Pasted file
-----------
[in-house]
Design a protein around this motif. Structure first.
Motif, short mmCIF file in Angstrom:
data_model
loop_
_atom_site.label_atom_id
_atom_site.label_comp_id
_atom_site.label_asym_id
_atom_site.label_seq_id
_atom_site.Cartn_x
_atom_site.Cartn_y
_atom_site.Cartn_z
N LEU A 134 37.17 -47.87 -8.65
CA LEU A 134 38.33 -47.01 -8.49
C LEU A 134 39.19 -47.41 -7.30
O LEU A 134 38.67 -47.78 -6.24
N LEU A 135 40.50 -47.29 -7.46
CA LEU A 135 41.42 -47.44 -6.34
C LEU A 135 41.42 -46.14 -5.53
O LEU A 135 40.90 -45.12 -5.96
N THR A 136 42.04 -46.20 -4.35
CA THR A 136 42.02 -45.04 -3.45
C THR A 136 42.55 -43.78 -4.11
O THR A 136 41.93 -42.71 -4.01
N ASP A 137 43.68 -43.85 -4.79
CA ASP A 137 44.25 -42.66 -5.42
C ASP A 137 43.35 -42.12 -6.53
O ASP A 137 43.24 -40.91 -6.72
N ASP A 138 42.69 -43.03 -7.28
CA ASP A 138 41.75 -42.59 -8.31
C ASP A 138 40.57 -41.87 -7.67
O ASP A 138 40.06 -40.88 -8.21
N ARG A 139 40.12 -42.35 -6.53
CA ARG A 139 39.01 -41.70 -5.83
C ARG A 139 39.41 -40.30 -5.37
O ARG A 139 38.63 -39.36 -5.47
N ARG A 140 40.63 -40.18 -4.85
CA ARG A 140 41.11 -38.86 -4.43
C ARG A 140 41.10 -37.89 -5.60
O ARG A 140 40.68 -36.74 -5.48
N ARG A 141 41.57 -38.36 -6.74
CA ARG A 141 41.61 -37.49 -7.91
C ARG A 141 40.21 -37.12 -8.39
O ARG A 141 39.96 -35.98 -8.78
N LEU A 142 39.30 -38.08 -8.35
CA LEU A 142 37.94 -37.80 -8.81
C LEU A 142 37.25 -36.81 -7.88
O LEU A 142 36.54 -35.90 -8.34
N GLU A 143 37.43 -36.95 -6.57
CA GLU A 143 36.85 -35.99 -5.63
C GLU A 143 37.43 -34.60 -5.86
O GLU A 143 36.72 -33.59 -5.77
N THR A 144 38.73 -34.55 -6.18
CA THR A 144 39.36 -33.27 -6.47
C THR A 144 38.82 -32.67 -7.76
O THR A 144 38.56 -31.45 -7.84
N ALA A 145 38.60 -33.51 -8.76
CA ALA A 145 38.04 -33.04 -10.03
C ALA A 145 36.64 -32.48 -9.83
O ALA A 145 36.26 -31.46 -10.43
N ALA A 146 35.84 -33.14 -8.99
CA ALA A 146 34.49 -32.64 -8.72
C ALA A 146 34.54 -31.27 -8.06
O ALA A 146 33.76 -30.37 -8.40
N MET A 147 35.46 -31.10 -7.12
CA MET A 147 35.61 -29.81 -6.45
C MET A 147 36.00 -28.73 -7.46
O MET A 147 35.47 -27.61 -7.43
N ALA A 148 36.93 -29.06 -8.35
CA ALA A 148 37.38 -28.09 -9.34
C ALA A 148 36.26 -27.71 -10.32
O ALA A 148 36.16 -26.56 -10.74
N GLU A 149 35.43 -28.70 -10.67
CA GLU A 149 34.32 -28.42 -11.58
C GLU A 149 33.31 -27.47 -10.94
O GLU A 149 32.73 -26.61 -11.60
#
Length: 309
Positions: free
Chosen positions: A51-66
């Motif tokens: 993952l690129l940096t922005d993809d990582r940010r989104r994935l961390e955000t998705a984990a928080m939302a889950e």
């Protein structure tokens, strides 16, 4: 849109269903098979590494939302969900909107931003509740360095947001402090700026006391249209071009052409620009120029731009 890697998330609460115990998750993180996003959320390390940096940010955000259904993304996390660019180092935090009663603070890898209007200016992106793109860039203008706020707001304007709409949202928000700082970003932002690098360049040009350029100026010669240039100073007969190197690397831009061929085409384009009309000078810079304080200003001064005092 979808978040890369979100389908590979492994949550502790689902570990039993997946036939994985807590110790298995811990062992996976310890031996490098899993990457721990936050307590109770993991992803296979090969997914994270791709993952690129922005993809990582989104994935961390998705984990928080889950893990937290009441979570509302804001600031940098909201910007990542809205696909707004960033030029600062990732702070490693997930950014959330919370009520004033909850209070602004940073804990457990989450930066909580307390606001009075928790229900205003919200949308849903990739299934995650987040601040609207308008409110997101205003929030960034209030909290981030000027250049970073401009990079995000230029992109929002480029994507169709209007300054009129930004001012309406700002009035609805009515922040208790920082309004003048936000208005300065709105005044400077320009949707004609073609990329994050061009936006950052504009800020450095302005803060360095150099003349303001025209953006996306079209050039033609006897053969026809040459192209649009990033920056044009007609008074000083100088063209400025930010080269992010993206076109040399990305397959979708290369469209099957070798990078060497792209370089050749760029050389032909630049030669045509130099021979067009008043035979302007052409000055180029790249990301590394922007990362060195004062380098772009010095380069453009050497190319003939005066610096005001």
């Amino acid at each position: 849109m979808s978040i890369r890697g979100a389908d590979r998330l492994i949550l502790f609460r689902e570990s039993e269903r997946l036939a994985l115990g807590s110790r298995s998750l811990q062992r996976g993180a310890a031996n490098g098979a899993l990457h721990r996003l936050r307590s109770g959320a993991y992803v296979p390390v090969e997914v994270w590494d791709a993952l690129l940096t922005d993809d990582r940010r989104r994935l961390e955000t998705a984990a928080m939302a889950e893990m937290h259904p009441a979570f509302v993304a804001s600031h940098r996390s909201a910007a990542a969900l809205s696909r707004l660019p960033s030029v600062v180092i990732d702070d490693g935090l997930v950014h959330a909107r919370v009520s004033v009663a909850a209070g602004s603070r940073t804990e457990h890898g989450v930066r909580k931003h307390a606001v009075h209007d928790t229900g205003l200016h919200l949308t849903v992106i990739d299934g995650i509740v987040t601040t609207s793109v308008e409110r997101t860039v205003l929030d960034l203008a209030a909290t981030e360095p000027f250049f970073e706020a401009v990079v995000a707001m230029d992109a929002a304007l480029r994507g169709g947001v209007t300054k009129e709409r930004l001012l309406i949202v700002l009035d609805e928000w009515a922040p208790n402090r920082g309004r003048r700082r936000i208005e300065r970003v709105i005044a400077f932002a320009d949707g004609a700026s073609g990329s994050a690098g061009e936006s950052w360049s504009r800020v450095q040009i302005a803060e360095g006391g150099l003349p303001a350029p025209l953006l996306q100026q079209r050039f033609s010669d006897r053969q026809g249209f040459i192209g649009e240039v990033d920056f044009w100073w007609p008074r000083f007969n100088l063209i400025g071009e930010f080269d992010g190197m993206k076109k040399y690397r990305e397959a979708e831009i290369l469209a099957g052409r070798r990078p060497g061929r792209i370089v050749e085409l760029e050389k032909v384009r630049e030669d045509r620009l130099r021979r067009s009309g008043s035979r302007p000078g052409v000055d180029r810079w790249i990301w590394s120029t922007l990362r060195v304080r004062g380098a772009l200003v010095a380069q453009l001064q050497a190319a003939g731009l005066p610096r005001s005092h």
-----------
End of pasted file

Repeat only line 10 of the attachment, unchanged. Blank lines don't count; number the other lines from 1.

_atom_site.Cartn_x